By Mike Bertolucci, President, Interface Research Corporation, Emeritus
Sustainable manufacturing: oxymoron or emerging reality? It is a question Interface has been struggling to answer for more than 12 years.
No doubt the linear, Take-Make-Waste model of the prototypical company of the 20th Century based on the assumption of limitless resources and sinks into which to dump wastes and products at the end of their useful lives is a preamble to environmental collapse. And, the engine which is driving atmospheric greenhouse gas increases at an unprecedented rate.
For some “the sky is falling”, for others “the sand is cool around their neck”. For a growing number of companies the opportunity to deliver value to their shareholders and indeed for future generations is at hand.
In 1994, Ray C. Anderson the then founder and CEO of Interface was struck by what he calls “a spear in the chest”, an epiphany of sorts after reading Paul Hawken’s The Ecology of Commerce. Ray describes Interface’s climb up the metaphorical Mt. Sustainability in his book, Mid Course Correction published in 1998. I came along in the middle of that time line to help carve out the technical transformation needed to materialize that dream. Ray and I along with a team of others, created a vision of what a truly sustainable company might look like and what the requirements on material sourcing and manufacturing processes would be, in fact what a prototypical manufacturing company of the 21st Century would look like and how it would operate.
First it would generate no more waste or emissions than could be rapidly assimilated in nature and would therefore not create toxic pools doing harm to the biosphere.
It would not be extractive of limited and finite resources for its material and energy demands to produce its products and grow at a rate compatible with the demands of its shareholders and environment within which it operates.
It would be cyclic in all its material flows, recycling its own products and others compatible with its business requirements, and it would drive its manufacturing processes with renewable energy, either directly sourced or supported through green energy offset programs, also called renewable energy credits (REC’s).
This manufacturing company would be sensitive to the needs of its associates and the communities in which it operates.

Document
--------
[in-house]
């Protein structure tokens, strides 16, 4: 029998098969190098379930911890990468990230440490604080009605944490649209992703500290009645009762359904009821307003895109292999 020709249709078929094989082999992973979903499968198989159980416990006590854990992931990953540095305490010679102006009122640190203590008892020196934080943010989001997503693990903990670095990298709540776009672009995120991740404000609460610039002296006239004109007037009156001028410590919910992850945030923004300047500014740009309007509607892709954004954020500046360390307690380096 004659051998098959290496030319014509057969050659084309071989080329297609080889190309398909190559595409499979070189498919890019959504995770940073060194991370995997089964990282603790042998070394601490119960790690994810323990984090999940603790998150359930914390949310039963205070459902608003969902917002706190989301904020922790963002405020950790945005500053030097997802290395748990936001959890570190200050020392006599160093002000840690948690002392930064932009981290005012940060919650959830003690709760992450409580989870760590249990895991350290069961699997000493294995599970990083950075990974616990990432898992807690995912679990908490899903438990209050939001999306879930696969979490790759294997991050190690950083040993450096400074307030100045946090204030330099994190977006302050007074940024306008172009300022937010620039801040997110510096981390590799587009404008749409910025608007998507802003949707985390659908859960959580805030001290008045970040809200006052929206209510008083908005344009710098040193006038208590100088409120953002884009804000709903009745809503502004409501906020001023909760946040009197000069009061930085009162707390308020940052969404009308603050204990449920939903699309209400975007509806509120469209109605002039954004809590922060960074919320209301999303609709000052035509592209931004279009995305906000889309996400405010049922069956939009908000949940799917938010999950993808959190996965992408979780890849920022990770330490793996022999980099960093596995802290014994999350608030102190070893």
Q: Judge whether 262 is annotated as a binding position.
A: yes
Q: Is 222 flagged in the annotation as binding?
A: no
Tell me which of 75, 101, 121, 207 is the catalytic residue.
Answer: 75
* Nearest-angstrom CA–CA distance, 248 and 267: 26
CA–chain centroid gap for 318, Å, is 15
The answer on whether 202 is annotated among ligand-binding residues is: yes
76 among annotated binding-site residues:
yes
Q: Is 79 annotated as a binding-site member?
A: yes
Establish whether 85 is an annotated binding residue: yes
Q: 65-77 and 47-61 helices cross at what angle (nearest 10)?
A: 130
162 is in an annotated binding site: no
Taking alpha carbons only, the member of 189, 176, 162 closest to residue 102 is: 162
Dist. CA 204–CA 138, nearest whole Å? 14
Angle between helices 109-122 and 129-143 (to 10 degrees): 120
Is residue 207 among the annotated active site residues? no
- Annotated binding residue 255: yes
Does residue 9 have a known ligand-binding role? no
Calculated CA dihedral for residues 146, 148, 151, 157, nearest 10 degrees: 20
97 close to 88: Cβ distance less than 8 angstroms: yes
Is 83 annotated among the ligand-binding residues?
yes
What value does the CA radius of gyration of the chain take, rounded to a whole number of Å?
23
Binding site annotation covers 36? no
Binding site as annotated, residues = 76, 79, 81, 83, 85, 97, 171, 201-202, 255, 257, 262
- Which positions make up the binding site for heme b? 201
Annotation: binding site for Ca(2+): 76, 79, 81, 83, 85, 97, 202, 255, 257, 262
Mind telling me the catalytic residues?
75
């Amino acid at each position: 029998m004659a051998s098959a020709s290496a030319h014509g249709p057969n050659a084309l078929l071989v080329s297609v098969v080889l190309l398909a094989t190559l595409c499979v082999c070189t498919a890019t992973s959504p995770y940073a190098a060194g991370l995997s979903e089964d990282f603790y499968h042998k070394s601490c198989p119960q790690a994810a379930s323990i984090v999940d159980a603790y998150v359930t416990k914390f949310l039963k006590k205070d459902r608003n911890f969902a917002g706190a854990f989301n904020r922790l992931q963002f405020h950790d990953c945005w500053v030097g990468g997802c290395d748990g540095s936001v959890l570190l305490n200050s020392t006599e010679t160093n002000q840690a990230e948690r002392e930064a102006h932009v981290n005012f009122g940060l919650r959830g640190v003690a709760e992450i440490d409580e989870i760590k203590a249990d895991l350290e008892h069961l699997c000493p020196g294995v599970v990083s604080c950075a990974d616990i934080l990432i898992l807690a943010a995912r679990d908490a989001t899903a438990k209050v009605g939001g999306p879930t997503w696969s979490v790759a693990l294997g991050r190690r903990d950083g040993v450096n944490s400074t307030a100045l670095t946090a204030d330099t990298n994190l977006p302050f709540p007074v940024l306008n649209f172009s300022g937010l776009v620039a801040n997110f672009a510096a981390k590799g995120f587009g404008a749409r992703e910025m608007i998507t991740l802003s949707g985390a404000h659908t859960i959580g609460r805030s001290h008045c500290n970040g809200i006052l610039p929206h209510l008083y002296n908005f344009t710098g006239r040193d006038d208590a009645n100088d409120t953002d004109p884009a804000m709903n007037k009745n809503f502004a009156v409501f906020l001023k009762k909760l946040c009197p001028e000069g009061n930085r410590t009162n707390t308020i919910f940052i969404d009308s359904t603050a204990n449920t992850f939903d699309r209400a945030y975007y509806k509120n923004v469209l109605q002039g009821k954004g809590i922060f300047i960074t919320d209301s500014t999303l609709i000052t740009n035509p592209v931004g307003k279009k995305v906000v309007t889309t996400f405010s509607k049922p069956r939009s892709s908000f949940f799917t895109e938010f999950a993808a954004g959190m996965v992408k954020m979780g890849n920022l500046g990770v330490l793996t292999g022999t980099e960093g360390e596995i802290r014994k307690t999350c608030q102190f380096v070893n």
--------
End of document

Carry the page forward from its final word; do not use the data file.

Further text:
If done correctly it should be constantly reducing its environmental footprint, driving toward zero, growing market share with its products and reducing all operating costs related to virgin raw materials, energy consumption and transportation. Inescapable corollaries to these objectives are the growth in renewable energy use and the reduction in green house gas emissions over the full life cycle of it products (Creation to Resurrection).
One paradigm from the 1st Industrial Revolution (which we are trying to overthrow) is operative in the Interface Model: “What gets measured gets done”. Our metrics are the backbone supporting our manufacturing teams’ creative charge up the mountain over the last 12 years.
Globally, Interface has cumulatively avoided over $300 million in waste through our QUEST, (Quality Using Employee Suggestions and Teamwork), programs.
Reduced the total energy consumption per square meter of modular carpet tile production by 41 %
Reduced the total absolute tons of green house gas emissions of our world wide operations by 56 %
Diverted over 90 million pounds of carpet from landfills through our ReEntry recycling initiative.
All while increasing the value of our company to its shareholders as its stock price has rebounded from under $2.00 per share in 2003 to over $16.00 in Feb. 2007.
End of story? Of course not. Our drive toward creating a sustainable company and reaching the top of Mt. Sustainability by 2020 is only half over. Wish us luck.